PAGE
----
Drew Goddard and Joss Whedon’s meta-horror The Cabin in the Woods had a long, tough journey to New Zealand screens. Following the film’s 2009 completion, it was first postponed to be converted to 3D, then delayed indefinitely following MGM’s bankruptcy. Lionsgate eventually bought the film and mercifully released it in 2D, and since its premiere at South by Southwest earlier this year Cabin has been wowing audiences and earning rave reviews. However, despite the State-side success and huge level of fan interest – especially following The Avengers – the film was doomed to be released straight-to-DVD in Australasia due to our apparent history of low turnout for horror films. Outraged fans petitioned against Roadshow Films’ decision to no avail, and it took intervention from Incredibly Strange programmer Ant Timpson to ensure a cinematic release at the 2012 New Zealand International Film Festival. Cabin screened last Friday night at Auckland’s Civic theatre (following Moonrise Kingdom) to a sizable and excitable audience, and was followed by a Q&A with local actress Anna Hutchison. Read below for my review, and keep checking back for further updates and reviews from the festival.
The Cabin in the Woods has a deceptively simple premise: five attractive teens head to a remote cabin in the woods and get picked off one by one. Sound disappointingly familiar? Well, think again, because this particular horror film comes from the minds of Joss Whedon and his Buffy cohort Drew Goddard, who know a thing or two about subverting genres. Aside from his work on Buffy, Goddard has worked as a writer on Angel, Alias, Lost and Cloverfield, and he makes his directorial debut here under the assured guidance of co-writer/producer/second-unit director (and Geek God) Whedon.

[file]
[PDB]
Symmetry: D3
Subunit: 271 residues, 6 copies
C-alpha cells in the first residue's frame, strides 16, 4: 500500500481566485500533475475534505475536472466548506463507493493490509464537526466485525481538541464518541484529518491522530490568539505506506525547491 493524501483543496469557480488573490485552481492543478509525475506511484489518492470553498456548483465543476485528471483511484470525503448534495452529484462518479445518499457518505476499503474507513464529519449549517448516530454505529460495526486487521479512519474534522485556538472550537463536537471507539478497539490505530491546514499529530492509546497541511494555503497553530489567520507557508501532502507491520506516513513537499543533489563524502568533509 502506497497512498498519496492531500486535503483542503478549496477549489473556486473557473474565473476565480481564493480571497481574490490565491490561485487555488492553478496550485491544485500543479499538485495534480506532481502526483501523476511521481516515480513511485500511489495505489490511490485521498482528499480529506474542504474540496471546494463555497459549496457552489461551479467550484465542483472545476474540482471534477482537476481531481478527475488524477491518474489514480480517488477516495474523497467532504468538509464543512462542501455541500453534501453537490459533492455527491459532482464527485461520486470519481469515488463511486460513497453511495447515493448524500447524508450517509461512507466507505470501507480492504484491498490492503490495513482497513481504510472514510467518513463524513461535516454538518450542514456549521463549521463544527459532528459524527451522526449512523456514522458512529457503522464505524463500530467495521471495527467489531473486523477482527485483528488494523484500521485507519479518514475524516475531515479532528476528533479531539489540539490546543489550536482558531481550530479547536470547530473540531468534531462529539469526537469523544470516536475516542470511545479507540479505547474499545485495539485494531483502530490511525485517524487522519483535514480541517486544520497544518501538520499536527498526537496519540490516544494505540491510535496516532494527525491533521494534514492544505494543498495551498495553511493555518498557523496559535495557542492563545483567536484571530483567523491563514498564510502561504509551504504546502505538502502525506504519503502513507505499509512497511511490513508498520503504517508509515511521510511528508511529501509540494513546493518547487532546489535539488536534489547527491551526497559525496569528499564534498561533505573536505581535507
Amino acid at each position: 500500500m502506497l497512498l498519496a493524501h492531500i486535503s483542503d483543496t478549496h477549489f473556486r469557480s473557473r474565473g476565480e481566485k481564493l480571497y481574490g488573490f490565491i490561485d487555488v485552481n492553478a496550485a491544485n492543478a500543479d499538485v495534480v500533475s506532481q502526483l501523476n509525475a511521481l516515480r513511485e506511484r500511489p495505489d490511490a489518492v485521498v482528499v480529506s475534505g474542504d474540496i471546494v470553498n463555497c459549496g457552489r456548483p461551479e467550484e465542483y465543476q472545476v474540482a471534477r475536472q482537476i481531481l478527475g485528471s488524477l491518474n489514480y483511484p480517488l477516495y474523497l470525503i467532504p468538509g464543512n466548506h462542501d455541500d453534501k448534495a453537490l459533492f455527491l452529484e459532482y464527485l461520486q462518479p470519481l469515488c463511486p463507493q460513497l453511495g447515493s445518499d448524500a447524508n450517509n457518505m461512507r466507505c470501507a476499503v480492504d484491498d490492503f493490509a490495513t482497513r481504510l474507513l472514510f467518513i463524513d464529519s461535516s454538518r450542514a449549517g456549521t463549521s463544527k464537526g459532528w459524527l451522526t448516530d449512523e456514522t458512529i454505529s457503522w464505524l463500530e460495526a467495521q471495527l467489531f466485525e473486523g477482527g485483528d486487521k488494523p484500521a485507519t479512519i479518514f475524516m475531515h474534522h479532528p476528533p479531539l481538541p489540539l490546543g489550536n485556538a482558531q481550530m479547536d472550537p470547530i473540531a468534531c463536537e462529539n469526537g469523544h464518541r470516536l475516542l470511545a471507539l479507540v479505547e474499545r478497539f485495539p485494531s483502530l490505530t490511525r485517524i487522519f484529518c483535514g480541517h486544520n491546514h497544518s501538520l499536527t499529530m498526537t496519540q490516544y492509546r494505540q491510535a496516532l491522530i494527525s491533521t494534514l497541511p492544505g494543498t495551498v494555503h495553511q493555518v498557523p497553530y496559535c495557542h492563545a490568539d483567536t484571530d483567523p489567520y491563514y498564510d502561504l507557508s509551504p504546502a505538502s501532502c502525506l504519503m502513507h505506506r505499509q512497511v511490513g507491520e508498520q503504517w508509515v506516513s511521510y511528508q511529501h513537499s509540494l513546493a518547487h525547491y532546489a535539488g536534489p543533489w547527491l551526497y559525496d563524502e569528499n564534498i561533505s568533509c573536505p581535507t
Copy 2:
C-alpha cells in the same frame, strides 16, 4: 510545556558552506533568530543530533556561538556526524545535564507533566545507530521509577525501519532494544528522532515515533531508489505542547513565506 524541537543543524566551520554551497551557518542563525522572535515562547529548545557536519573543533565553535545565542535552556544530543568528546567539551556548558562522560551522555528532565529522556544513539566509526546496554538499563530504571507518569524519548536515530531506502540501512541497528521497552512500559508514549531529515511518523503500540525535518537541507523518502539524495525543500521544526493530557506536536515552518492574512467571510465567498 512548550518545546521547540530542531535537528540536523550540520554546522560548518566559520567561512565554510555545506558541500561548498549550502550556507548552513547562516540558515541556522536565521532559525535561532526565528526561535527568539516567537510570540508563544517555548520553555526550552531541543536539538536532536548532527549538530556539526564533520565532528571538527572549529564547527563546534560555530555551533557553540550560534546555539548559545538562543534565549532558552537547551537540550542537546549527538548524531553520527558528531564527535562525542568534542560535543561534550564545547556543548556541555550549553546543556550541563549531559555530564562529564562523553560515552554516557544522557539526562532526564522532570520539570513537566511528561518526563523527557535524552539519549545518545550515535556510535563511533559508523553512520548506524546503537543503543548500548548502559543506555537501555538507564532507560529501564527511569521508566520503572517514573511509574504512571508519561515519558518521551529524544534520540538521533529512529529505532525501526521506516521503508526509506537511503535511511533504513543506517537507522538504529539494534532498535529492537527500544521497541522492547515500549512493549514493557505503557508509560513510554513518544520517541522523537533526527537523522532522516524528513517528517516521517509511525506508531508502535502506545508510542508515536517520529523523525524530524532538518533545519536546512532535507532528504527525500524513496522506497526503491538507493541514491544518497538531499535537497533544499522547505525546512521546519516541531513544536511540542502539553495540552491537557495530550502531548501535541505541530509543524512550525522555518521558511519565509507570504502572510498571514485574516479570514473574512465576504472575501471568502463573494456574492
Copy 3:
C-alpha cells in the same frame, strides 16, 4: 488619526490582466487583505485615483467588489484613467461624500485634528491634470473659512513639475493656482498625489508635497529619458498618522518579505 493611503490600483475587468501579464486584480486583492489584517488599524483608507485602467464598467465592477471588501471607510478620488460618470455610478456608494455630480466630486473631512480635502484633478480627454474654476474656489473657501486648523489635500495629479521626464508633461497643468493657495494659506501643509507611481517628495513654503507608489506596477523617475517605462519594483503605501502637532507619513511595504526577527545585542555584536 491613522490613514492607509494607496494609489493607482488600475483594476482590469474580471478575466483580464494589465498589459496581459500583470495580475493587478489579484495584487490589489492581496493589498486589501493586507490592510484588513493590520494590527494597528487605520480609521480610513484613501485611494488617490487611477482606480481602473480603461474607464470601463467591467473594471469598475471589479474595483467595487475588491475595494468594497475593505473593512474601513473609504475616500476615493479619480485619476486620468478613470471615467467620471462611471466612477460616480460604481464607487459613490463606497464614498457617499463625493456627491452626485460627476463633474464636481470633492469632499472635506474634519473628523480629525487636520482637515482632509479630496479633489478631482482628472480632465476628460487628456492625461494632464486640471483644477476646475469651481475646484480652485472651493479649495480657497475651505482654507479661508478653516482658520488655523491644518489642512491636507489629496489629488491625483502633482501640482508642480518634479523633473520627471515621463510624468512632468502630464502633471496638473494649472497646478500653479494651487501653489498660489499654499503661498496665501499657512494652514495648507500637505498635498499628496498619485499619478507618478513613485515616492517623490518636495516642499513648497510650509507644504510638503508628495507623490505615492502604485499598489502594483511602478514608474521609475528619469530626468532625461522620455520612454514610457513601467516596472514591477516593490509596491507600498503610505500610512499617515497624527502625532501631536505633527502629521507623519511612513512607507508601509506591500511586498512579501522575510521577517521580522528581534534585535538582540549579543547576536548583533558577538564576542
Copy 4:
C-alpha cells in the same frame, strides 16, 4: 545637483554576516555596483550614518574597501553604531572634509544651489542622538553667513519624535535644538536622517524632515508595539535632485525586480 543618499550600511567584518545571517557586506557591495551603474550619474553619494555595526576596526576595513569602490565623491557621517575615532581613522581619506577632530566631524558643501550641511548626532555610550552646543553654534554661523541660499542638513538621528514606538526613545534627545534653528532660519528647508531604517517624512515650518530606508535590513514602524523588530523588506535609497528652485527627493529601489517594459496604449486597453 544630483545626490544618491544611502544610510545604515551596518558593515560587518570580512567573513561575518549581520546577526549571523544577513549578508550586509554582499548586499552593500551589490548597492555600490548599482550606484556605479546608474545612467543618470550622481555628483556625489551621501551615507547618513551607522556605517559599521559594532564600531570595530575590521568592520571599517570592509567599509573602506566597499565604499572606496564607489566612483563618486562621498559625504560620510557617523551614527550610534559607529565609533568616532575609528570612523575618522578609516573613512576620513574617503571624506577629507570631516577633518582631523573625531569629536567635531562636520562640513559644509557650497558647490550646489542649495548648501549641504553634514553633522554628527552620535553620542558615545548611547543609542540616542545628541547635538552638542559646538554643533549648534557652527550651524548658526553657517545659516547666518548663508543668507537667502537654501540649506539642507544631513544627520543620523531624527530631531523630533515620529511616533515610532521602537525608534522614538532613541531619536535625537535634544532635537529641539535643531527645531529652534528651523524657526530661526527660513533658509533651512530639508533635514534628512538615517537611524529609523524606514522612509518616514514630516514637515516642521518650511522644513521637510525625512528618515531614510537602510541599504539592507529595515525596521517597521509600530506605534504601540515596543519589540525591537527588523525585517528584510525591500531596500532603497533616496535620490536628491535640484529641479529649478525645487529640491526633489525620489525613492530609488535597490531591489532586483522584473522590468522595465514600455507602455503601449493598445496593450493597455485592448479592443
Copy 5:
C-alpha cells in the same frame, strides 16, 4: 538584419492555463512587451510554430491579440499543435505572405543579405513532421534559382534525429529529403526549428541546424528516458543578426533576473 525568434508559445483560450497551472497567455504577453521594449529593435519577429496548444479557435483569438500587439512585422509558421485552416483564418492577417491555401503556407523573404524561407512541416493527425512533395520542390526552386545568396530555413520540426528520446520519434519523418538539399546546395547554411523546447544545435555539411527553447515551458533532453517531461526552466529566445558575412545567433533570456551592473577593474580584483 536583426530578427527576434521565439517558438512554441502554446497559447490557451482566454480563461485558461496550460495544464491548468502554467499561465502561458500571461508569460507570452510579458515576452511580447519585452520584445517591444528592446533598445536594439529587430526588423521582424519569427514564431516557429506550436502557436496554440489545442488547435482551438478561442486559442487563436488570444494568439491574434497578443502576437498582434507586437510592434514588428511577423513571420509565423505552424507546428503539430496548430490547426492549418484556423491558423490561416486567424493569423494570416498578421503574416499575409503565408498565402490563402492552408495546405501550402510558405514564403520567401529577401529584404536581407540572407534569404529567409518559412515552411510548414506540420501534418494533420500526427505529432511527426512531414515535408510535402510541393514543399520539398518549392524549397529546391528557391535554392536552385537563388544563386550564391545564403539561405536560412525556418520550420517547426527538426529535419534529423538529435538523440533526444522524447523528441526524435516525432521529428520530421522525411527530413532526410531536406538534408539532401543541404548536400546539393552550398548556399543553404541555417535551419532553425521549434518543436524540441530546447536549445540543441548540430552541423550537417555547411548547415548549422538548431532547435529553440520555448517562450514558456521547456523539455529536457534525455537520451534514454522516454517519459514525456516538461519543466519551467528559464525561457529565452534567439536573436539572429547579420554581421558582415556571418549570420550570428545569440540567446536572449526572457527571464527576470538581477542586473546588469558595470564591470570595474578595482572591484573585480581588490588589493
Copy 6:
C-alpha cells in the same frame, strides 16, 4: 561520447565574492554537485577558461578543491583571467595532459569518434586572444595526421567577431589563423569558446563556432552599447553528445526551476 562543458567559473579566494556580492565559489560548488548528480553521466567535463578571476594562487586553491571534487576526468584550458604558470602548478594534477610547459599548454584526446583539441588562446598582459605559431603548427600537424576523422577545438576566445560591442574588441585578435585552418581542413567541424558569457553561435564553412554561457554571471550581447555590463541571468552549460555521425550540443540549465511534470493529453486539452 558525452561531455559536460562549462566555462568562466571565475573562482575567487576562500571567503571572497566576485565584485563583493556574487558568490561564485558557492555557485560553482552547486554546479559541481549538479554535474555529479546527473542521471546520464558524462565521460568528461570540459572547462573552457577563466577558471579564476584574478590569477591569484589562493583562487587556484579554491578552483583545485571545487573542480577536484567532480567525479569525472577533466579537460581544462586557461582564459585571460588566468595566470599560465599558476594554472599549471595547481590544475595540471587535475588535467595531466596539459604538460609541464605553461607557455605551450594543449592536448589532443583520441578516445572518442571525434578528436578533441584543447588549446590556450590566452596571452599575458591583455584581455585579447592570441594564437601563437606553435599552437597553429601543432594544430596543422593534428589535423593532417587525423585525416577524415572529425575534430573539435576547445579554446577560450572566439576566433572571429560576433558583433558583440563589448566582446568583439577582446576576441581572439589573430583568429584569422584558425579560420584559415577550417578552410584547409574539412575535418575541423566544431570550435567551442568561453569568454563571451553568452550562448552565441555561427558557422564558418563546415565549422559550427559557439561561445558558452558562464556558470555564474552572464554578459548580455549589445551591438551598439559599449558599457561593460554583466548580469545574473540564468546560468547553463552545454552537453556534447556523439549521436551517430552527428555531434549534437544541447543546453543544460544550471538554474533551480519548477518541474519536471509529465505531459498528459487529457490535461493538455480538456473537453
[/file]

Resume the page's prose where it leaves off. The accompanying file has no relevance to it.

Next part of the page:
The film opens in a mysterious, sophisticated industrial facility, as two white-collar technicians, Stitterson (Richard Jenkins) and Hadley (Bradley Whitford), prepare for an unknown but seemingly routine operation, apparently one of several taking place worldwide. However, their conversation with an underling (Amy Acker) suggests that something ominous is in the works. Meanwhile, the five aforementioned college students, who all appear to be genre stereotypes – the shy brunette, Dana (Kristen Connolly); the party-loving blonde, Jules (Anna Hutchinson); her jockish boyfriend, Curt (pre-Thor Chris Hemsworth); his bookish friend, Holden (Jesse Williams); and the paranoid stoner, Marty (Fran Kranz) – take off in an RV to the aforementioned cabin. After encountering an obligatory redneck at a local gas station, they discover that the creepy cabin isn’t what was advertised, and the technicians have plans for them which may ensure they never leave.
To reveal any more of the plot would be a disservice to the film, as much of the pleasure of Cabin derives from its meta-twists and knowing commentary on the horror genre, so it’s best enjoyed going in cold. Suffice it to say that none of the characters here are quite what they initially seem, and the film has great fun sending up many clichés – referencing everything from Evil Dead to J-horror to Twilight Zone-esque sci-fi along the way – and it’s probably the most playful and inventive entry in the formulaic American horror canon since Wes Craven’s Scream.
Cabin gets just about everything right in its brisk 95-minutes: the dialogue is snappy (in true Whedon fashion), the archetype characters are well-cast, the atmosphere is menacing, the cutaways to the reliable Whitford and Jenkins are witty and revealing, and the stakes are consistently raised until the convoluted story gets insane in the final act. On a modest budget, the effects are impressive throughout, and the creature designs are far more creative and interesting than the likes of Cloverfield or Super 8. However, Goddard and Whedon write themselves into somewhat of a corner by the film’s not entirely brilliant ending, and your level of satisfaction may depend on how much you enjoy cinematic puzzles and clever plot machinations, as the meta concept deprives us of any engagement with the characters. Regardless of these flaws, I’ll take an intelligent, high-concept film like The Cabin in the Woods over the torture-porn of Saw or found-footage tedium of Paranormal Activity any day, and my hat is off to Messrs. Whedon and Goddard for delivering one of the most sly and enjoyable entries in the genre for quite some time.
For more info and ticketing details on the 2012 NZIFF, head to their website.